Now, I have brought on myself another garden commitment - I have bought myself a worm farm.  Why?  Because I can't keep the rats and mice out of my compost bin, and I refuse to feed perfectly good kitchen scraps to bloody not-at-all-mangy rodents.  For the last week or two, kitchen scraps have been going into the bin.  But that is something that deeply offends my ecological soul.  I couldn't keep doing it. 

So now, I have a worm farm.  They are my new pets.  I will love them and I will feed them and I will call them George.  And so forth.  The worm farm is sitting in what I hope is the section of my back porch that they will like best.  And they will reward me with worm castings and worm juice which will keep my pot plants happy.  And so I have made my commitment and I am a happy woman.
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Usually, when I get home in the evenings, I get changed, do whatever minor job that can be done in a minute or two that needs to be done, pour myself a cocktail, and settle down at the computer to check my email, RSS feeds, and surf the net.  Recently, however, there has been a change in my routine, and it is pissing me off to an increasingly large extent.  You see, I discovered recently that Avery are selling DIY business cards.  They come in a sheet of 8 in a small assortment of flavours (I went with "linen" - the most expensive), and you can download the template, make them look like whatever you want, and print them up as you wish.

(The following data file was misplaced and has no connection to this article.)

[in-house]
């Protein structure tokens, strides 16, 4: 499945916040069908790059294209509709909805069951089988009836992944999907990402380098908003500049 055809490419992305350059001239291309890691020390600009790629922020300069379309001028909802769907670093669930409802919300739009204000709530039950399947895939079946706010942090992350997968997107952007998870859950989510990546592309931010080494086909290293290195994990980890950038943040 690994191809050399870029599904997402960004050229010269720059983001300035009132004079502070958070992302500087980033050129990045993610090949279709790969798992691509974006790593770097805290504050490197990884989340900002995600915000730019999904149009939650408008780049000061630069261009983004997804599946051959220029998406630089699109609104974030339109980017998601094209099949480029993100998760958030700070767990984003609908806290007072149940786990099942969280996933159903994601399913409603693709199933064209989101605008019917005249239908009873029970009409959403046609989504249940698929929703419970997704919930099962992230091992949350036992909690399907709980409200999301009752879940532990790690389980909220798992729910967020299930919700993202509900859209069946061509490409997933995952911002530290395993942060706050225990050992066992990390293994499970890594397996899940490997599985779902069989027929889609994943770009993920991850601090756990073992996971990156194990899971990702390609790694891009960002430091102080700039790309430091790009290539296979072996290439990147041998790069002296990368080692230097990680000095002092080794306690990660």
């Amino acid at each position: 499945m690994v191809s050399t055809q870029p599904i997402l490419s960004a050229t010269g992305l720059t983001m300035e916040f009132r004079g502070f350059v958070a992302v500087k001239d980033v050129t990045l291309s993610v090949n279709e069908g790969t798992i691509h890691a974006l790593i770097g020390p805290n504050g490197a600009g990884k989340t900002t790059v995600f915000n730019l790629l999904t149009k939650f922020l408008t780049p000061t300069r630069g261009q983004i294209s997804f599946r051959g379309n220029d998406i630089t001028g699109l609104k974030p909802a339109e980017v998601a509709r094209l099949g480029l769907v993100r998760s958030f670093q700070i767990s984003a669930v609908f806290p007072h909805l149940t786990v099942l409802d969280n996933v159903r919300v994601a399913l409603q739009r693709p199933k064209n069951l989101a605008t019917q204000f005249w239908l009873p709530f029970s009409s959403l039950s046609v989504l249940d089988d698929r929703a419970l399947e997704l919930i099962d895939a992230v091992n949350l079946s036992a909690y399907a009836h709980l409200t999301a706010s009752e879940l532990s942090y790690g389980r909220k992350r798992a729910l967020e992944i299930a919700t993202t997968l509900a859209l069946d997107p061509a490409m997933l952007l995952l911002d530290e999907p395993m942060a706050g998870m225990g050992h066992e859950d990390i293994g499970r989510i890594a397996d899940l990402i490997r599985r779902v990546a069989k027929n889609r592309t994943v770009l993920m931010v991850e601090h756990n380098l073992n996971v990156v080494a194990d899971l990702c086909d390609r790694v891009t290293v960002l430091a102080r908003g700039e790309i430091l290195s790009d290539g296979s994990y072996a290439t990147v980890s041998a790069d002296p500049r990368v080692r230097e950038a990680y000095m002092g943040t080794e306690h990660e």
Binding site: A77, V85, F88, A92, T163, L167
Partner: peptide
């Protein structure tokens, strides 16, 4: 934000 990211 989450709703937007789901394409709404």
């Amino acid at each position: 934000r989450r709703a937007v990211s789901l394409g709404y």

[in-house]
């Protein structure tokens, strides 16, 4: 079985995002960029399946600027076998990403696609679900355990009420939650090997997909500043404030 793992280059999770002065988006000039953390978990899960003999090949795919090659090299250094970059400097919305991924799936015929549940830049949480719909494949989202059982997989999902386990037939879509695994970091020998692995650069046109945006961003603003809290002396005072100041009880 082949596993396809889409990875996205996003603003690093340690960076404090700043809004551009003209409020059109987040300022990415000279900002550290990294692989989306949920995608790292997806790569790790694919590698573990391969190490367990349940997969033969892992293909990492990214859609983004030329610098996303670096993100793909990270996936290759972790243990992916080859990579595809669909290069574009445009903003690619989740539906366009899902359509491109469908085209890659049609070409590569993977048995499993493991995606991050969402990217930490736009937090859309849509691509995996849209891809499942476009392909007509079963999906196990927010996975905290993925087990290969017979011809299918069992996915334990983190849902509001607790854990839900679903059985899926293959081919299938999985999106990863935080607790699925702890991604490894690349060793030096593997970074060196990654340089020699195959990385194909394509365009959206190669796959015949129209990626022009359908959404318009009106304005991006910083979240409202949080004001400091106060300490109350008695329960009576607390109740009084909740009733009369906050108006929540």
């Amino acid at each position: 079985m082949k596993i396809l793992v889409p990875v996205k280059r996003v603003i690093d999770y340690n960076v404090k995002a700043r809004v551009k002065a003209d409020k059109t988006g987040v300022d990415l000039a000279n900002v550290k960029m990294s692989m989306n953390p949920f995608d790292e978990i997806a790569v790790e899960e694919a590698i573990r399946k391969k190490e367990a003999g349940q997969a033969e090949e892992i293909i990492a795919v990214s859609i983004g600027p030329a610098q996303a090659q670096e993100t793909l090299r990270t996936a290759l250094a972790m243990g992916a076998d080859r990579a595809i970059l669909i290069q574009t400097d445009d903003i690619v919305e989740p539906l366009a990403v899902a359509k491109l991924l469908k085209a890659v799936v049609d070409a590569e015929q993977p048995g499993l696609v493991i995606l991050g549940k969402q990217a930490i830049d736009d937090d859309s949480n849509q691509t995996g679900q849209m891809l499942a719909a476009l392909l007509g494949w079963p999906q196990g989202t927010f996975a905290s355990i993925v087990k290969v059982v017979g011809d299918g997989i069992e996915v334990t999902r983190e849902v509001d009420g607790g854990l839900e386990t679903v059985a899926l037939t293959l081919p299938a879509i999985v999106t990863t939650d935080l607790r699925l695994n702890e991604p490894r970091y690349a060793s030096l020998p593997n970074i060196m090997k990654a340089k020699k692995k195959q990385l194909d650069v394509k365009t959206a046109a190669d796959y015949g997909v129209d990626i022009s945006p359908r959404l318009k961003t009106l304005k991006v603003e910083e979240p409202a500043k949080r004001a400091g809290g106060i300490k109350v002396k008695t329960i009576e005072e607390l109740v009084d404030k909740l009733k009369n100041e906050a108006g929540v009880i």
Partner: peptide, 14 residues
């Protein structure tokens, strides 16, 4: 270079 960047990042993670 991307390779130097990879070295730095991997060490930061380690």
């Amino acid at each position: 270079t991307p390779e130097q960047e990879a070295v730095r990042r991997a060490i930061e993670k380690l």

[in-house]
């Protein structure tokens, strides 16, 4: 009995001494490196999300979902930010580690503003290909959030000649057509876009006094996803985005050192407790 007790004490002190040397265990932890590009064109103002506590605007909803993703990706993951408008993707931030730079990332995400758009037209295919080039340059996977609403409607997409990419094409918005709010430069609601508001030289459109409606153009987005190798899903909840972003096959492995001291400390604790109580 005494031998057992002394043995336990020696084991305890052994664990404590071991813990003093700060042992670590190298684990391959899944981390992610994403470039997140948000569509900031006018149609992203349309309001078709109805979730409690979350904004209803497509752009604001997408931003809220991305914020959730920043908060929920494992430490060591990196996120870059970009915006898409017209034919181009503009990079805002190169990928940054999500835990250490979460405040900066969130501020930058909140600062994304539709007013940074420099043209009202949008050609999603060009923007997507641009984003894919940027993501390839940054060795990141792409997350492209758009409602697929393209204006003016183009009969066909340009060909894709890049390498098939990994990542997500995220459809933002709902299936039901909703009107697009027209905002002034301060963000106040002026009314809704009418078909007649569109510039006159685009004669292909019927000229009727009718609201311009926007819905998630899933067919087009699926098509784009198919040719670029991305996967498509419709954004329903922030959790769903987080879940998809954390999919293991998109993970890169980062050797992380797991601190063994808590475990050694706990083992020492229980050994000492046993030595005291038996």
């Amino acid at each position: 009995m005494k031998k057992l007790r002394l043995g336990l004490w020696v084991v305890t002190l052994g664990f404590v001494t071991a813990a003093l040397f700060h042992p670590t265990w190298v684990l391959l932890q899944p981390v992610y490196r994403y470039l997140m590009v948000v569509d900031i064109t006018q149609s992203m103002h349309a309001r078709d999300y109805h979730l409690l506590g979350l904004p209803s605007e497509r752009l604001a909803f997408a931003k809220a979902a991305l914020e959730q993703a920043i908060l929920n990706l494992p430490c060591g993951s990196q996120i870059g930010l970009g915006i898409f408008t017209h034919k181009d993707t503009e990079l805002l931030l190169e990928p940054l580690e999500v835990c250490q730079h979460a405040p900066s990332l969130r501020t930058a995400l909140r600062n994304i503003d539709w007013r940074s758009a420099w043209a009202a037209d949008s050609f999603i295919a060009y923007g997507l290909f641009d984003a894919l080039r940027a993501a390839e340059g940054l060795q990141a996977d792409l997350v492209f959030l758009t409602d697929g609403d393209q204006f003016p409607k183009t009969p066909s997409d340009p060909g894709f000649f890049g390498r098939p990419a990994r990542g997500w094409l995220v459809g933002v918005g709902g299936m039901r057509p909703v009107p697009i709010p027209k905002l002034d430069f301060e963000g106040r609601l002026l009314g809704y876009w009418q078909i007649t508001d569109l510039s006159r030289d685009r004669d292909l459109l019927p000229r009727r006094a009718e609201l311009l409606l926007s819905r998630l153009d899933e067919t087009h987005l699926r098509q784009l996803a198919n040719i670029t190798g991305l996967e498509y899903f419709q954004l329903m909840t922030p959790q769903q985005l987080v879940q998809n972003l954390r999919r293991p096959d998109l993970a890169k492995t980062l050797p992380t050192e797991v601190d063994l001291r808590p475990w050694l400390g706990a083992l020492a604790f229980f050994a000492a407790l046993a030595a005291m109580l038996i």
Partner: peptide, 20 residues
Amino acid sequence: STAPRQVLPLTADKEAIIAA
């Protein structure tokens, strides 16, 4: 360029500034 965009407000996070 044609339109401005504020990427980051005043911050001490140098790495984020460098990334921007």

My main problem with this is that, as the user of  a Linux computer (running Linux Mint, before you ask) and a seriously out of date Canon printer (ie it is more than a year old), I am having real problems actually printing any of them up.  My printer keeps crashing in the middle of printing them up.  To the extent that I actually have to uninstall the damned thing to get it to dump its print queue, since it won't do so when I hit all the relevant buttons.  I even tried buying myself a cheap Epson printer, in the vain hope that it will do the job instead.  (For the record it's an XP-100, and the computer thinks it's a dot matrix printer, and I can't even print a test page on the damned thing.)

This evening, I deleted the avery template, and built my own from scratch.  Result?  Same as before.  It crashes half way through the print job.  Am I happy?  Of course not!  I don't even know what I should do next!